“This is backed by £3.2bn of government funding for local authorities as part of the wider government response to the coronavirus pandemic.

Stop denying help to people who do not have a local connection to public funds (NRPF).

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The group of charities, which includes Crisis and Homeless Link, said they have heard repeated examples of councils denying help to people who do not have a local connection to the area or who have no recourse to public funds (NRPF).

This is despite a letter which was sent to councils last week by minister for homelessness Luke Hall, which ordered them to find accommodation for all rough sleepers during the coronavirus crisis, including those with NRPF.

Charities warn ‘second wave’ of homeless people will need accommodation during coronavirus crisis

An individual with NRPF is someone who is not eligible for government support due to their immigration status.

Since last week, councils across the UK have been block-booking hotels in order to house people who are sleeping on the street or in shelters.

In their letter, the charities said that significant progress has been made, but said “far too many people are still rough sleeping or staying in dangerous communal night shelters”.

Jon Sparkes, chief executive of Crisis, said: “We commend the government’s swift action to protect people most at risk by ensuring they have somewhere safe to stay during the pandemic.

“But the stark fact remains that there are people whose lives are still in danger, sleeping on our streets or trapped in crowded hostels and night shelters.

“To fulfil the ambition of getting ‘everyone in’ we must see the final barriers stopping people from getting the help they need removed”.

“This means ensuring councils have the money they need to support people into hotel accommodation and a clear message that anyone, no matter who they are or their circumstance, will get the help they need to shelter from the pandemic.”

“We must also ensure that once people have been accommodated they get access to the health care they need if they are affected by the virus, and in the long term are supported into safe, permanent housing once this crisis is over.”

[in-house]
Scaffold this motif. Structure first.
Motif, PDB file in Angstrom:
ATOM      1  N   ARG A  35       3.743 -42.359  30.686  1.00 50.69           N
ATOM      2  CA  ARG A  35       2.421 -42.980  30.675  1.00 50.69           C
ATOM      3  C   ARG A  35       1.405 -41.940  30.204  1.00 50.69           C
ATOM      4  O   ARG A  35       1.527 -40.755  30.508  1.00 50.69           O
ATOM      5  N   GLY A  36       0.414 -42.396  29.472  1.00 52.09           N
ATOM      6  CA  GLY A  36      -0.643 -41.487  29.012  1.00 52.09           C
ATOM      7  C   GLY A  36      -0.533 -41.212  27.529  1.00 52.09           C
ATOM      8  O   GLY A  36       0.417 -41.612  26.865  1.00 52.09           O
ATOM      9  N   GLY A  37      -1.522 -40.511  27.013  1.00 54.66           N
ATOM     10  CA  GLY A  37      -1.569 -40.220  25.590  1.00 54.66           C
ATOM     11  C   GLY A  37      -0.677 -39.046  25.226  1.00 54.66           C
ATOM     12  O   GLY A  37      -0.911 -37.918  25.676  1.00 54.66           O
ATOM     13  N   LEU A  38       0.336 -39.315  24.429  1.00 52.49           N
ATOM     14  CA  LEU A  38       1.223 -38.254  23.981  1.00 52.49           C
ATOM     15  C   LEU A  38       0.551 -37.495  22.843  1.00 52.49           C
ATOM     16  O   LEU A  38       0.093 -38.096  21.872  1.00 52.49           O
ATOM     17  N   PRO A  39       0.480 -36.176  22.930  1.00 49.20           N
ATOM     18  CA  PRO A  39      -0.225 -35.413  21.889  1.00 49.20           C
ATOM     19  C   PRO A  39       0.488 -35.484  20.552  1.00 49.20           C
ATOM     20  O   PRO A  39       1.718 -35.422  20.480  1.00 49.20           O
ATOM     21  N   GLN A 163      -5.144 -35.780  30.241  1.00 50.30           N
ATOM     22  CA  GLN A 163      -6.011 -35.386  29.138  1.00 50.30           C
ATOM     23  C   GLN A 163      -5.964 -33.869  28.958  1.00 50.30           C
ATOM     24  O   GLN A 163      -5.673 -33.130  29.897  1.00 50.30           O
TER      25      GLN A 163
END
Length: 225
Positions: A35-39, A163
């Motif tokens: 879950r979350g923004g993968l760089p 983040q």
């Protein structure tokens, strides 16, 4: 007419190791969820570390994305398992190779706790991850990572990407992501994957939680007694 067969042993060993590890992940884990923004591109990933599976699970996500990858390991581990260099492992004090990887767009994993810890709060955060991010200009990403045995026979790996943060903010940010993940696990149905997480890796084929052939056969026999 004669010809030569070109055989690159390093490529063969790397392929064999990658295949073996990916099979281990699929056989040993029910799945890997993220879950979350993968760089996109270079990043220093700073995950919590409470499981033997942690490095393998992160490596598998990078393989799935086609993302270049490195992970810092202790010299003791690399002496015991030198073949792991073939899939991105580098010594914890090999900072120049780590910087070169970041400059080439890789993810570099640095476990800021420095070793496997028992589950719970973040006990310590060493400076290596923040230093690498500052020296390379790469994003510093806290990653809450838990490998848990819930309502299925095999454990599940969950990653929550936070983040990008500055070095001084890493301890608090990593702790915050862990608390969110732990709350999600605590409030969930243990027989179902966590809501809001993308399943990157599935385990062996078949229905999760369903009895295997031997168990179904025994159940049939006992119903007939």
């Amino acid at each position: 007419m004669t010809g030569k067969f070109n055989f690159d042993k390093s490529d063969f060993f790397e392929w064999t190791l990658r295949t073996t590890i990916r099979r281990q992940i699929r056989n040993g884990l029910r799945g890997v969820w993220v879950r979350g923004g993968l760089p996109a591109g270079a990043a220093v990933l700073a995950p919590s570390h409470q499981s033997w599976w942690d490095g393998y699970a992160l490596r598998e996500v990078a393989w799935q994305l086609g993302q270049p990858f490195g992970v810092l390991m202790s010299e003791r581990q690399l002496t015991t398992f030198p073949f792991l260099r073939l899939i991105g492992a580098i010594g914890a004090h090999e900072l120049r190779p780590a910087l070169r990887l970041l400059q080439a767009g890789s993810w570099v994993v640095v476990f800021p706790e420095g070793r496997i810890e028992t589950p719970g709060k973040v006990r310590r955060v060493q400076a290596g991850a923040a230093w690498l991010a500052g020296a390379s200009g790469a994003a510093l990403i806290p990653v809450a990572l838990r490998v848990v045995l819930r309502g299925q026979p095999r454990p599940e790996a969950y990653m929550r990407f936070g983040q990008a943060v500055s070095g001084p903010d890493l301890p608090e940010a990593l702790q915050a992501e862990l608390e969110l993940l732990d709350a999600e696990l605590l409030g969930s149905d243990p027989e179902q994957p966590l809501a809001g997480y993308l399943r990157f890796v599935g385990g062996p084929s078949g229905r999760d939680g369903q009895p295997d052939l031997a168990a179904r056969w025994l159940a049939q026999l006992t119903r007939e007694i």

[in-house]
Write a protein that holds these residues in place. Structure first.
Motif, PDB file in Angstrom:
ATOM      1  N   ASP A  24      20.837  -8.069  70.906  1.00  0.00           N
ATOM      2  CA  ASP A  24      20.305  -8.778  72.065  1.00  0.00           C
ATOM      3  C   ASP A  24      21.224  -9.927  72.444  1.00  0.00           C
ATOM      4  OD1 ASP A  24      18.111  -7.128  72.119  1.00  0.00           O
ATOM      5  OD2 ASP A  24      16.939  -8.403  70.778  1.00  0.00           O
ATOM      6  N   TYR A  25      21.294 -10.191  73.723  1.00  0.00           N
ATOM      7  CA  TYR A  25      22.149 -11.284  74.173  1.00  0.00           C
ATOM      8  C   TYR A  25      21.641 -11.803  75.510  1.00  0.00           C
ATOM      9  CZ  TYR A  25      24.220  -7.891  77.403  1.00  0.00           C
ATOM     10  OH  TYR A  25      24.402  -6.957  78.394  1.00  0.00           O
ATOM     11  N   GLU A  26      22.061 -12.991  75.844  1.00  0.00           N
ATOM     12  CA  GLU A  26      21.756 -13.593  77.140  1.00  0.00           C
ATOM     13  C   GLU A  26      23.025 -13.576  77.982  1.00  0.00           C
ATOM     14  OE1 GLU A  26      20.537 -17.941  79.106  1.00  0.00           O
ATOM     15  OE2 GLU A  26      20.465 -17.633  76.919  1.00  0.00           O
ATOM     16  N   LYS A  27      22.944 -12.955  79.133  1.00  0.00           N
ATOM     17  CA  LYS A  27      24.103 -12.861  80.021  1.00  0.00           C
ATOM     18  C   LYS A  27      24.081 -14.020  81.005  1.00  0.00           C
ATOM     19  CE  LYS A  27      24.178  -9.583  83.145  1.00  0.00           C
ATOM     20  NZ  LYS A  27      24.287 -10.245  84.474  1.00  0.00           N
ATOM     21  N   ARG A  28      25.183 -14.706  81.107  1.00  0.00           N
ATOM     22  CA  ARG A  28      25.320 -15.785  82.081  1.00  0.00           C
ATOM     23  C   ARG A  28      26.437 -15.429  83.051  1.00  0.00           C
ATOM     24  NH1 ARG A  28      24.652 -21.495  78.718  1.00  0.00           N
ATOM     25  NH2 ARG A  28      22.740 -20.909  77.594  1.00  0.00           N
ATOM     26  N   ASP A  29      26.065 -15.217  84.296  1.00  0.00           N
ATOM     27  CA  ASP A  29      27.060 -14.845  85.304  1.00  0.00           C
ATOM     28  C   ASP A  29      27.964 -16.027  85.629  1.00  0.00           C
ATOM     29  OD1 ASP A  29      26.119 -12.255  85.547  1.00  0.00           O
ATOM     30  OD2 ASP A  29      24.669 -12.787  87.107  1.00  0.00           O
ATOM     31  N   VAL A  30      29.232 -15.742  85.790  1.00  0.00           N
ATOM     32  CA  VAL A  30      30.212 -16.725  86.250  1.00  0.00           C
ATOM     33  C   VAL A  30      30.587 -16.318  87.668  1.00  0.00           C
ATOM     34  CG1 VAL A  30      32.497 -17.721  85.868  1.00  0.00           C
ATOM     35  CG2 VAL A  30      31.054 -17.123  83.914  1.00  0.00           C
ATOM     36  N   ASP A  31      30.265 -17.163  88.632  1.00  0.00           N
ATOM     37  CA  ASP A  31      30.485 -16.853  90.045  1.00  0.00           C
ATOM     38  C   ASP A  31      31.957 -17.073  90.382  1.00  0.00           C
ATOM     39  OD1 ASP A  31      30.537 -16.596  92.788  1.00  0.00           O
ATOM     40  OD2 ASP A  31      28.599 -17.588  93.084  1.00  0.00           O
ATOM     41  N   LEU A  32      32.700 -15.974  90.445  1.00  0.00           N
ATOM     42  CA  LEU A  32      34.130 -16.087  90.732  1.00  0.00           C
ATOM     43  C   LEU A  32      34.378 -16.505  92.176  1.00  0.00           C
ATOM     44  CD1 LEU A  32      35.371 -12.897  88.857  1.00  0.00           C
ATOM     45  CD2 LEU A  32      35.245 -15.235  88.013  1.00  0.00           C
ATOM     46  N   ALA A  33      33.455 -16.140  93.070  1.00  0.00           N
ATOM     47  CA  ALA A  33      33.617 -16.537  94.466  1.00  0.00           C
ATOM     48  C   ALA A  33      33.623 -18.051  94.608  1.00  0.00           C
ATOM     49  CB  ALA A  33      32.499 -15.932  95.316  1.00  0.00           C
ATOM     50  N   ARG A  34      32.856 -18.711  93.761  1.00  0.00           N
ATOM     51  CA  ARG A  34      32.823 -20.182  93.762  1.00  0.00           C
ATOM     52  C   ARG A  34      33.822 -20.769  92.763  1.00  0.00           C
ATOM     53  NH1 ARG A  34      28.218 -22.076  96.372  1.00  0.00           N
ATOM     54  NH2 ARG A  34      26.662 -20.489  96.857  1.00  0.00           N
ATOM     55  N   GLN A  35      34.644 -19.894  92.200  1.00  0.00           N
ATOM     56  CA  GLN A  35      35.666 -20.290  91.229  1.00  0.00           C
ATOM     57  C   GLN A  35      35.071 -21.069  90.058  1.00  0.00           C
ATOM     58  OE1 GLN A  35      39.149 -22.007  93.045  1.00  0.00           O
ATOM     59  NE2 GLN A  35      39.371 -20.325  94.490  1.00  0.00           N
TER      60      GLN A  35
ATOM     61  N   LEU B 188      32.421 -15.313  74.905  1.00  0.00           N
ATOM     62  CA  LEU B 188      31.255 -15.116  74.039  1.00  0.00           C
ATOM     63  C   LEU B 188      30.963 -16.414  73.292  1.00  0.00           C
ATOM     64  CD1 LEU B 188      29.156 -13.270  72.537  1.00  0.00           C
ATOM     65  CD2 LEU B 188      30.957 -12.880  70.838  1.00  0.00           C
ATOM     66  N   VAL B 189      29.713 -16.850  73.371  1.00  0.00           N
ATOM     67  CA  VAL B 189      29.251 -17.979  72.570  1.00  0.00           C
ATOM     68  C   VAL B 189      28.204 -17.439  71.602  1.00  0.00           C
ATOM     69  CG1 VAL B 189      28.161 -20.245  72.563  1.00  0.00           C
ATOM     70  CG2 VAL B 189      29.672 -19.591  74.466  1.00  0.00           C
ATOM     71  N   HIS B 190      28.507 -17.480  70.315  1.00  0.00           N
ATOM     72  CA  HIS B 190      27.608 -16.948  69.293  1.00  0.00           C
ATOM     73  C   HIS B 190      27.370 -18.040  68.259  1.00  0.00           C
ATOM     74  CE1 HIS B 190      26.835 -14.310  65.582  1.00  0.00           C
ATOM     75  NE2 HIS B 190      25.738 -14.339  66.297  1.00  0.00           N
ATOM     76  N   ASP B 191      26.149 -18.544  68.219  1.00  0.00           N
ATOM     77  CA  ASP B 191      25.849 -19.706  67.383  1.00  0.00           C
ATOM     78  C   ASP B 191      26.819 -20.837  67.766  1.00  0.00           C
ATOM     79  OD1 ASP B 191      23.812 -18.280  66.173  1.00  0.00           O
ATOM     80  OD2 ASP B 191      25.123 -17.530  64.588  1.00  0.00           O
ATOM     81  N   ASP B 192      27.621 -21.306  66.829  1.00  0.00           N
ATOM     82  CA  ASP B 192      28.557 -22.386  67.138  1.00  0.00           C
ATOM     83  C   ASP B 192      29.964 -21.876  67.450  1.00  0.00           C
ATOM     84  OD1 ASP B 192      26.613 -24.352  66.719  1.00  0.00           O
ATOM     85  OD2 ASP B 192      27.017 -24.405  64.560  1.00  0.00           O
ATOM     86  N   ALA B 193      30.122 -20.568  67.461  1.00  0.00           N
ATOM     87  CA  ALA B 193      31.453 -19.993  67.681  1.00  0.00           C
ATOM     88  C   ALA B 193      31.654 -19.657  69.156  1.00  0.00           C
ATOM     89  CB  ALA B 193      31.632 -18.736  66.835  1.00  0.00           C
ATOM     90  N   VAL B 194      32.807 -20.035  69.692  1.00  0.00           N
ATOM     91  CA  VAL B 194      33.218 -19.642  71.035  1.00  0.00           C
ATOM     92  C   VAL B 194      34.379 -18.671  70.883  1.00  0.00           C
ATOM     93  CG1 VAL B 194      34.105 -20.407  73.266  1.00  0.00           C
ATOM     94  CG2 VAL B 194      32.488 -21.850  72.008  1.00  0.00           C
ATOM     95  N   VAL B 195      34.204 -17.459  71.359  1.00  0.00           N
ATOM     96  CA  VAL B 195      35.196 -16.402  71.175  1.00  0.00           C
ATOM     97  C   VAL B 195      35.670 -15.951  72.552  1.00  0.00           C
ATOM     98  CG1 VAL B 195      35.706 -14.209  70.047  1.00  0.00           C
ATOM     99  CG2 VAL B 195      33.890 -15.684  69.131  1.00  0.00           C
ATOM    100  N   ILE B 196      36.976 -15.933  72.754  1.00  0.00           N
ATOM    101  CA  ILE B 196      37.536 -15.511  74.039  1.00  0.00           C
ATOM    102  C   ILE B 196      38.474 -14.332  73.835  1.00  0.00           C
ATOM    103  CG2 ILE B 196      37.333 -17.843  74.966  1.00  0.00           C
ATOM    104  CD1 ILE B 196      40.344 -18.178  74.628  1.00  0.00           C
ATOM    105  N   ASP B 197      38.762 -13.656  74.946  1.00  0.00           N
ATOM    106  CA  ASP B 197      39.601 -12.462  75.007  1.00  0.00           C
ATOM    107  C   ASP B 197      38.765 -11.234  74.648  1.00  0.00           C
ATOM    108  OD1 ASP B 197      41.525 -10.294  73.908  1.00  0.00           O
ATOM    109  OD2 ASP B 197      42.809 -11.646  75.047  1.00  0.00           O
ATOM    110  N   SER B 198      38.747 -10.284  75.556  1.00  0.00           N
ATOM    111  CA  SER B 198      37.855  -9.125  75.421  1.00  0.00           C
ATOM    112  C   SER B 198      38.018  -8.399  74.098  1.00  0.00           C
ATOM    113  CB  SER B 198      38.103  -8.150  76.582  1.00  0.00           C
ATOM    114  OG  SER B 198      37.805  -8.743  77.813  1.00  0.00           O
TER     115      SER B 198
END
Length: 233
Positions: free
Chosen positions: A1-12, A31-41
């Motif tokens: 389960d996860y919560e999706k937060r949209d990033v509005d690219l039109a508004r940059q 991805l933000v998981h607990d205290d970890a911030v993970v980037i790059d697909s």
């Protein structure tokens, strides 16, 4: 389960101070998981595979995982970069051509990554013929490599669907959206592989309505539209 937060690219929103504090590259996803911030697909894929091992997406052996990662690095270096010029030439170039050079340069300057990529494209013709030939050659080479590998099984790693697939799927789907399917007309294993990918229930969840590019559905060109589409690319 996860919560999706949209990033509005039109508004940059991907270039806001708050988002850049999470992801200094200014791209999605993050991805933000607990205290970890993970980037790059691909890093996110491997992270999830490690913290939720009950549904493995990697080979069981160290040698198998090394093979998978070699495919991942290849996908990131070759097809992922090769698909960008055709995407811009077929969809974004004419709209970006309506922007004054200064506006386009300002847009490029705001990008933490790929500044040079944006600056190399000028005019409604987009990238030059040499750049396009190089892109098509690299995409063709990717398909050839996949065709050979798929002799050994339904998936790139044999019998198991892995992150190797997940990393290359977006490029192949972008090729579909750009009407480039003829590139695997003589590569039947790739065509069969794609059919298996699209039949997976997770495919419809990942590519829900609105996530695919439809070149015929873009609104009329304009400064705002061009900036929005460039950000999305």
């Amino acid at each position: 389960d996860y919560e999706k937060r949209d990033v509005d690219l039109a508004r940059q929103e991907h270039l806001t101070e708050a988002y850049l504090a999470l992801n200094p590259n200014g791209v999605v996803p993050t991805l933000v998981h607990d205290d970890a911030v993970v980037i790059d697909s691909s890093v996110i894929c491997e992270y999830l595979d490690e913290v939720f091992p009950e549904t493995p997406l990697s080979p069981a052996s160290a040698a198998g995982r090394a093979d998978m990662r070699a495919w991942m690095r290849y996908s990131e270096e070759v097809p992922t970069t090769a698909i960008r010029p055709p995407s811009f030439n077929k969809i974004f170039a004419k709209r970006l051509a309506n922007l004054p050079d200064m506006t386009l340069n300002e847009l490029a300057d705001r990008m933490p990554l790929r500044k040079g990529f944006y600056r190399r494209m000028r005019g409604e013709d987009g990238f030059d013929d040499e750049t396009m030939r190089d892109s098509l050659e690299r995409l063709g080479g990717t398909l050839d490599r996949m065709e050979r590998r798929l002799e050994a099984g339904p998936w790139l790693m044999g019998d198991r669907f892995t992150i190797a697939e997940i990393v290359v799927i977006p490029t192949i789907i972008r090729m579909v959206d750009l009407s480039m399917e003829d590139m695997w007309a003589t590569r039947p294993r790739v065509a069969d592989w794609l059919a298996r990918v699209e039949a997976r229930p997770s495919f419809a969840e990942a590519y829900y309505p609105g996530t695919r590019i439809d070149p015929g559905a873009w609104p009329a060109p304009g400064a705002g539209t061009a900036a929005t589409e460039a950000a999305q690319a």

Thousands of rough sleepers still unhoused in England, say charities

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Councils call for more funds in order to meet government request for emergency shelter

Thousands of rough sleepers in England are thought to remain unhoused despite an unprecedented government request to local authorities to find housing for those on the streets by Sunday evening to avert the spread of Covid-19.

After the unfunded request from the government last week, which also called for the closure of night shelters and street encampments, homelessness charities questioned whether fulfilling it would be feasible. But on Monday, charities were keen to stress that considerable progress had been made in a short space of time, with the national homelessness charity Crisis estimating that about 4,200 had been rehoused in England within a few weeks.

“It shows what you can do with money and organisation and an assertive approach from government,” Matthew Downie, director of policy at Crisis said.

Birmingham city council had worked with a Holiday Inn in the centre of the city to accommodate more than 250 rough sleepers or residents of night shelters, he said, and hotel staff and charity workers were bringing people three meals a day to their rooms to allow them to isolate. Liverpool council has paid for more than 50 people to move into a newly built, unopened hotel.